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    Old 03-29-2006, 03:14 PM   #1
    debbie2862
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    MVP vs. MR

    I was wondering if anyone here knows the difference between MVP and Mitral Regurgitation?
    About 8 years ago, I was diagnosed with MVP w/o regurg and told I didn't need prophylaxis. OK, fine.
    A few months ago, I went for an echo and was told that I have Mitral Regurg without MVP. The doctor told me that I still don't need prophylaxis but from everything I've read online, it sounds like I do. Incidentally, the physician's asst at his office originally told me that I DO need prophylaxis.

    The doctor (who is not a cardiologist) told me that about half the population has regurgitation - also not what it says online.

    So now I'm totally confused. Do I need the prophylaxis or not? Does anyone know about this stuff?

     
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    Old 03-29-2006, 07:13 PM   #2
    Lindsay:-)
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    Re: MVP vs. MR

    Hi Debbbie,

    I would get a second opinion from a cardiologist ASAP. I was born with a compicated congenital heart condition and part of it is called Congenitally Corrected Transposition of the Great Arteries - which basically means that the 2 atrium are in the right place but the ventricles are switched so the left atrium goes into the smaller right ventricle (one that usually goes tothe lungs) and the right atrium goes into the left ventricle.
    The left side ok at the moment but the right sided valve, tricuspid valve (usually on the right) is leaking, and over the years it has leaked constantly I was going to have it replaced but the right ventricle was so enlarged from having to work twice as hard to pump blood round the body that it was too risky to replace it as the ventricle wouldn't be able to cope. It is safer to let it leak until things go pear shaped and I have been told eventually that I will need a heart transplant (due to other problems I have not nescessarily the leaky valve)
    Obviously you are not in the same position as me so don't worry but I am trying to get across that it is not a good idea to leave leaking valves for ages as other things start to get worn out, it is better to get it checked out properly by someone who knows more, even if it doesn't have to be done now, they can keep a check on it and take action if nescessary.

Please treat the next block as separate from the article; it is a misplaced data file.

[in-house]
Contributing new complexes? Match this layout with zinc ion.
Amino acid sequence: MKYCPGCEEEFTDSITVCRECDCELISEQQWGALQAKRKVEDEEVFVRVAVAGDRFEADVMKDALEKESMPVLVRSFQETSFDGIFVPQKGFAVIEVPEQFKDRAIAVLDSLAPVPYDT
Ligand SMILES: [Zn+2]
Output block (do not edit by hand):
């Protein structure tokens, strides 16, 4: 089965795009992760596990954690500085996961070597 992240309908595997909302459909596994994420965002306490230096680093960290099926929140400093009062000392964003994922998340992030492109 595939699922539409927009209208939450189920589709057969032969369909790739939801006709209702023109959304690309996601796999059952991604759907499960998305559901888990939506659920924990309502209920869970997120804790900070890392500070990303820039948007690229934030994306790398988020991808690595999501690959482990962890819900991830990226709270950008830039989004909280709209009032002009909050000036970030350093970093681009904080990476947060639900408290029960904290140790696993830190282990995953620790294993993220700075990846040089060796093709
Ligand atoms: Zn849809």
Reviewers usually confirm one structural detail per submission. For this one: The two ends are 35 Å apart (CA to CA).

Good luck and let me know how you get on.

    Lindsay

     
    Old 03-29-2006, 07:21 PM   #3
    Lindsay:-)
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    Re: MVP vs. MR

    Another thing I fotgot to mention is that I assume you have been told about taking antibiotics before having any dental work done?
    There is a risk if contracting endocarditis which is a infection that attacks the valves and the lining of the heart, it is transferred into the bloodstream when you have work done on you teeth. I have to take some amoxicillin 1 hour before I have to go.

    Lindsay

     
    Old 03-30-2006, 05:29 AM   #4
    Gene M
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    Re: MVP vs. MR

    Small amounts of heart valve regurgitation is common. It should be monitored to see if it worsens. I was diagnosed with aortic stenosis and regurgitation twenty years ago. My condition worsened and last February I had my valve replaced.

    Antibiotics before dental work are usually prescribed when a valve is calcified. Yours may not be. See a cardiologist and put your mind at ease.

     
    Old 04-01-2006, 09:12 AM   #5
    ralange
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    Re: MVP vs. MR

    Last Oct. I found that I had a heart murmur....went to cardiologist....was diagnosed with mitral valve regurgitation. The regurgitation rate was 66 cc (anything over 60 was considered severe). I had no other symptoms. Last week I had mitral valve replacement surgery at the Mayo in Rochester. I feel great and even feel better in the fact that I did not wait for my heart to start dysfunctioning. Good luck.

     
    Old 04-04-2006, 05:06 AM   #6
    Brad53
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    Re: MVP vs. MR

    You may have misunderstood the cardiologist. You can have mitral valve prolapse, without having mitral valve regurgitation. The difference is with MVP, your mitral valve prolapses backwards into your left ventricle. If this prolapse (backward movement of the mitral leaflets) is not severe enough, you do not have regurgitation (valve leakage). MVR is when the degree of MVP is severe and some of the blood that should go to your body, is regurgitated back into the left atrium where it opposes flow of fresh, oxygenenated blood, trying to come from your lungs to your left atrium. This is very serious, depending on the degree of regurgitation. Many have MVP, but not MVR.